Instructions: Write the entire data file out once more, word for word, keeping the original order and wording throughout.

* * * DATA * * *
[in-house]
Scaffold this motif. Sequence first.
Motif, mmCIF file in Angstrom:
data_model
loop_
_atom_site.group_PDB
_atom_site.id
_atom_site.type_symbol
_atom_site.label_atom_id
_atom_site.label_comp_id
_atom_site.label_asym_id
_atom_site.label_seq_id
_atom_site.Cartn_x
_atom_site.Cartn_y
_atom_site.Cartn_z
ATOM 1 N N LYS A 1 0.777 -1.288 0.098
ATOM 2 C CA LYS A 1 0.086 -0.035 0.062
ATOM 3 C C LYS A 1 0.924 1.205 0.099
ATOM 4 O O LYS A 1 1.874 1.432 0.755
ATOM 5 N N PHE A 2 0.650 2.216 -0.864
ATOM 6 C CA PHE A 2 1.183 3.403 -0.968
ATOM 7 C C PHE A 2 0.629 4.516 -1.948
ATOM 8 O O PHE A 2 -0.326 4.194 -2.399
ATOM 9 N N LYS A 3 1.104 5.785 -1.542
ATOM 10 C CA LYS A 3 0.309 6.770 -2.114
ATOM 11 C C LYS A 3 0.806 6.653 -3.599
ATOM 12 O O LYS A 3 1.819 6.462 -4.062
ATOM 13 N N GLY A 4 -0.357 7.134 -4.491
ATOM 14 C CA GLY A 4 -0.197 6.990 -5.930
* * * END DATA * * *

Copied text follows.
[in-house]
Scaffold this motif. Sequence first.
Motif, mmCIF file in Angstrom:
data_model
loop_
_atom_site.group_PDB
_atom_site.id
_atom_site.type_symbol
_atom_site.label_atom_id
_atom_site.label_comp_id
_atom_site.label_asym_id
_atom_site.label_seq_id
_atom_site.Cartn_x
_atom_site.Cartn_y
_atom_site.Cartn_z
ATOM 1 N N LYS A 1 0.777 -1.288 0.098
ATOM 2 C CA LYS A 1 0.086 -0.035 0.062
ATOM 3 C C LYS A 1 0.924 1.205 0.099
ATOM 4 O O LYS A 1 1.874 1.432 0.755
ATOM 5 N N PHE A 2 0.650 2.216 -0.864
ATOM 6 C CA PHE A 2 1.183 3.403 -0.968
ATOM 7 C C PHE A 2 0.629 4.516 -1.948
ATOM 8 O O PHE A 2 -0.326 4.194 -2.399
ATOM 9 N N LYS A 3 1.104 5.785 -1.542
ATOM 10 C CA LYS A 3 0.309 6.770 -2.114
ATOM 11 C C LYS A 3 0.806 6.653 -3.599
ATOM 12 O O LYS A 3 1.819 6.462 -4.062
ATOM 13 N N GLY A 4 -0.357 7.134 -4.491
ATOM 14 C CA GLY A 4 -0.197 6.990 -5.930